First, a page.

There are a number of machine readability widgets online. They make for quite a satisfying way to check the before and after of a piece of text you might be editing. Reds are bad, greens are good. The report on the left was for the URL of a law firm. The report on the right is the the readability index of the copycourse site. Why make life difficult for your readers?
Apple comes up so often in brand conversations, it’s easy to forget how many different elements work so coherently in its brand mix. So here then are the five P’s outlined.
Purpose and philosophy, personality and positioning, proposition, product and price point.
Okay, there are more than 5, but there’s plenty of overlap. The purpose and philosophy for Apple is the aim to be creatively disruptive.
Steve Jobs gave us many clues about this. From his early experience with calligraphy, in the days when typography and computing simply didn’t go together, one of his major creative disruptions to the industry was to make sure that they did. More disruptive messaging was to follow; When the computing world seemed to be at peak IBM architecture, he launched an explicitly disruptive message in the famous Apple Super Bowl ad for 1984. Here, a dystopian superpower, an embodiment of the IBM Gates axis, has their screen smashed by the newcomer.
The personality and positioning are creative and they sit very happily in the creator slot of the archetypes chart.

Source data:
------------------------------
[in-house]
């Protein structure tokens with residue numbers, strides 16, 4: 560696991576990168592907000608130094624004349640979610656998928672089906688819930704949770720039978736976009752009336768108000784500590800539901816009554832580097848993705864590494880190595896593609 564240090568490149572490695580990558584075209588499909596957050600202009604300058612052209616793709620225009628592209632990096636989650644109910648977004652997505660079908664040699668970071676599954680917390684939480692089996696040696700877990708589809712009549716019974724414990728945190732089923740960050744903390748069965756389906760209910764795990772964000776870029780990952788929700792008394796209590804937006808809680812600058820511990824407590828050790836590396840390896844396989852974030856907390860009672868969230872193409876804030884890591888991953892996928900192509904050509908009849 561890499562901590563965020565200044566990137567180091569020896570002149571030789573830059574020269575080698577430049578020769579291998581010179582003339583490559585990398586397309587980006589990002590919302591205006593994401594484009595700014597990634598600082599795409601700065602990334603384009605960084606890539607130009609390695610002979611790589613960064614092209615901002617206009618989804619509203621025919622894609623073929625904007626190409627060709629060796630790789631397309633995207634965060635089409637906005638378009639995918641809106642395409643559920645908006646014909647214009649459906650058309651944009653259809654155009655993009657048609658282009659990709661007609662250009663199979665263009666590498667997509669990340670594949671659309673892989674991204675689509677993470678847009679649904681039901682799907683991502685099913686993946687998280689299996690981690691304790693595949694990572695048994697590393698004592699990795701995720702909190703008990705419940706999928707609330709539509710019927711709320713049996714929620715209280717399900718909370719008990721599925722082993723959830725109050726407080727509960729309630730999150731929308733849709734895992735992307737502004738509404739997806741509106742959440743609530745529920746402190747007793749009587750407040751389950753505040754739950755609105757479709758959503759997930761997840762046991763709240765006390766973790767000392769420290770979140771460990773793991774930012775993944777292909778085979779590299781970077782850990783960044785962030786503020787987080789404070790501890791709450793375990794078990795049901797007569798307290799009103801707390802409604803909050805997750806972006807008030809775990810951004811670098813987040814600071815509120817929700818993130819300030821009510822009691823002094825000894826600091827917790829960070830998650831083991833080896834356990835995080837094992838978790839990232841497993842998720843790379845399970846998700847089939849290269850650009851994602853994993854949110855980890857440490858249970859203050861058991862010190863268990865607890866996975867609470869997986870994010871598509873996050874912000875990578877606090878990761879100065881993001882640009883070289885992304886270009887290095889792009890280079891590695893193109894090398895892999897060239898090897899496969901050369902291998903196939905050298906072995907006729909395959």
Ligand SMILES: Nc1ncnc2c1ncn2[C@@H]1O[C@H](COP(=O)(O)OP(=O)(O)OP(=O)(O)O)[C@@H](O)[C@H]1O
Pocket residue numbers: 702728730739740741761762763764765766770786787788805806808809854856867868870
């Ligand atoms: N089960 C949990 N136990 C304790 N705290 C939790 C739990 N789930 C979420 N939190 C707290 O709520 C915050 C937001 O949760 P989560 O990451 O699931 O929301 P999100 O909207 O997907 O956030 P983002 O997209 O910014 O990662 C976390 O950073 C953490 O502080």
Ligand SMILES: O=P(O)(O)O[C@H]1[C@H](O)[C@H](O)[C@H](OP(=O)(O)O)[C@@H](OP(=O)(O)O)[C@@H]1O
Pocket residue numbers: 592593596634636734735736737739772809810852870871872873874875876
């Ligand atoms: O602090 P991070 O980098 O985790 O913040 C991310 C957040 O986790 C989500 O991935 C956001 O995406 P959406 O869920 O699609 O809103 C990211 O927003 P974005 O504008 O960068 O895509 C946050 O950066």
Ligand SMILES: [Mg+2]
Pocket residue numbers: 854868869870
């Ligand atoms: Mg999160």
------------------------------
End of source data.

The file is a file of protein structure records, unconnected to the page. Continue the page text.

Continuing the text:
The strap line think different underscores this. The embodiment of creativity happens, of course, in many ways but one of the strongest was by contrasting the uncool of pc jacket and tie man against the more chilled guy with his shirt hanging out.
And this was certainly living the brand because Job’s own sartorial style had made it to the TV ads and the employee dress code at the Genius bar.
There is a dark side of a creative personality that sometimes comes up and you can see this present in the Apple brand estate too.
The Lemmings ad was what happens when a creative guru shows too much disdain for their clients and their lack of cool. Effectively insulting their IBM audience, accusing them of blind moronic stupidity, the ad bombed, killing sales and Apple had to close three of its six plants. Steve Jobs left the company in the mid-eighties after this debacle. So much for the dark side of creative positioning.
But the rest of the brand estate has been an impeccable demonstration of how to position as creative.
The product and price point are premium. And the strap lines emphasise the personality not the product. It’s think different, not think premium.
When you talk about strong branding, ultimately the strength is a reflection of the coherence of the P’s. It seems so easy when its done well.